|Publication number||US3956978 A|
|Application number||US 05/484,009|
|Publication date||May 18, 1976|
|Filing date||Jun 28, 1974|
|Priority date||Jun 29, 1973|
|Also published as||DE2431150A1|
|Publication number||05484009, 484009, US 3956978 A, US 3956978A, US-A-3956978, US3956978 A, US3956978A|
|Inventors||Richard George Borley|
|Original Assignee||Best Products Limited|
|Export Citation||BiBTeX, EndNote, RefMan|
|Patent Citations (3), Referenced by (42), Classifications (16), Legal Events (1)|
|External Links: USPTO, USPTO Assignment, Espacenet|
The invention relates to improvements in electric toasters, of the type having electric heating means for toasting one or more slices of bread simultaneously when the latter is disposed adjacent to the energized heating means.
According to the invention an electric toaster of the type referred to comprises switch means actuable to interrupt the supply of electricity to the heating means in response to a change in energy of electromagnetic means when a slice of bread is toasted to a desired degree.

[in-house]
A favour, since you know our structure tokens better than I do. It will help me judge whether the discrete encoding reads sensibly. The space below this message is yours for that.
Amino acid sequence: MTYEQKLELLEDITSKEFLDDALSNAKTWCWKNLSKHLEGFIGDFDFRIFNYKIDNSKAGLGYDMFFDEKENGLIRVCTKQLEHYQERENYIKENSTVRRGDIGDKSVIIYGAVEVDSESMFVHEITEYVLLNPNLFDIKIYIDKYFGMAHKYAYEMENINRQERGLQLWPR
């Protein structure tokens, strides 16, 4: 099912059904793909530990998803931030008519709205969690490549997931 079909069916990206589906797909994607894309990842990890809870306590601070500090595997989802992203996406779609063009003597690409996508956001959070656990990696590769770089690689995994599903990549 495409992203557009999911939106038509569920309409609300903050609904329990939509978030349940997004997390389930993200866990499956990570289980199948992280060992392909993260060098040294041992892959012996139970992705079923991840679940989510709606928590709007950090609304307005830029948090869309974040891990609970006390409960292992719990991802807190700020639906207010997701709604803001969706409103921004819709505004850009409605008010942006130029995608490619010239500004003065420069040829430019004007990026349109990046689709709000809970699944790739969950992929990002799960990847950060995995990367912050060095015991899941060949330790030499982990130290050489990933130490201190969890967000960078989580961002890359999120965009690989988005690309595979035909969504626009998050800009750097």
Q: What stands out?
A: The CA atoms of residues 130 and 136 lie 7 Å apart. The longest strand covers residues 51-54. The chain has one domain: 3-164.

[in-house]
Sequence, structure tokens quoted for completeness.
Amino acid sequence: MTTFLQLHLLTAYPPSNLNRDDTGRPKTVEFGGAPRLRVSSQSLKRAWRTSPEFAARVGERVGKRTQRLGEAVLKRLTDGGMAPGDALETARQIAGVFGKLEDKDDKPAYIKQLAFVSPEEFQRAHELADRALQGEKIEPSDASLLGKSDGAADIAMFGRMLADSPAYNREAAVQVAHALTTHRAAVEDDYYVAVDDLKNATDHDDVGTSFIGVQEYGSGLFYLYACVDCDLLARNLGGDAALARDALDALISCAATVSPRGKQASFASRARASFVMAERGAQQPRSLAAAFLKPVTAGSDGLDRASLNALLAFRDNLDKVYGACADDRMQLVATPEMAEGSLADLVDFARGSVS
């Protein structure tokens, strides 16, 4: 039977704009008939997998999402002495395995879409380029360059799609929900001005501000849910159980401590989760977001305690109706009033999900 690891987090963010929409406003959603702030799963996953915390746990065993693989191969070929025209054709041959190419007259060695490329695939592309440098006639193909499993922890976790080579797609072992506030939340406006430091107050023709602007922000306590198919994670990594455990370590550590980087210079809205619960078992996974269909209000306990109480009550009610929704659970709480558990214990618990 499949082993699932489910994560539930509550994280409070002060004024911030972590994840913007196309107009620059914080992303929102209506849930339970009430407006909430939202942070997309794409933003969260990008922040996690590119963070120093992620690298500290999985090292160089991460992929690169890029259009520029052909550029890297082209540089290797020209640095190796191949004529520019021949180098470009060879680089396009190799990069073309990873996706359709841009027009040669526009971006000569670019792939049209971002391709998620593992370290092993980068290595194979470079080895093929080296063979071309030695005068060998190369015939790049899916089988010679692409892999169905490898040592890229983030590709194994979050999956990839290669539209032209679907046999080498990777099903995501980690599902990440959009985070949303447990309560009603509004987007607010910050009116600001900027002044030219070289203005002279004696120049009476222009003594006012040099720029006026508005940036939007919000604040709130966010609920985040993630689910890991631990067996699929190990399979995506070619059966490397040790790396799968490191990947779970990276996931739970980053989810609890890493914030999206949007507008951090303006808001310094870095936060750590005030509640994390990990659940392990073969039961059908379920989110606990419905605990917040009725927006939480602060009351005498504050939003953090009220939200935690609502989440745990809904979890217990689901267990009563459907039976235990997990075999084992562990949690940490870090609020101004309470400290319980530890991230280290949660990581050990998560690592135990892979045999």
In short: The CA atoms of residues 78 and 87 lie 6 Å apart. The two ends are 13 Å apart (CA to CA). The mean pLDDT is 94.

The invention will now be further described with reference to the accompanying drawings in which:
FIG. 1 is a perspective view of a toaster formed according to the invention;
FIG. 2 is a fragmentary vertical, longitudinal section on an enlarged scale of the toaster in FIG. 1;
FIG. 3 is a fragmentary end view of the toaster in FIG. 1 on an enlarged scale;
FIG. 4 is an electrical circuit diagram of the toaster in FIG. 1;
FIG. 5 is a diagram of an alternative circuit;
FIG. 6 is a circuit diagram of the integrated circuit used in FIG. 5;
FIG. 7 is a diagram of a further alternative circuit;
FIG. 8 is a diagram of a fragment of yet a further alternative circuit;
FIG. 9 is a fragmentary view on an enlarged scale of the toaster in FIG. 1, showing a toast support bar and heating elements;
FIGS. 10 to 12 are diagrammatic views and show variations of electromagnet holding devices which can be used in a toaster formed according to the invention;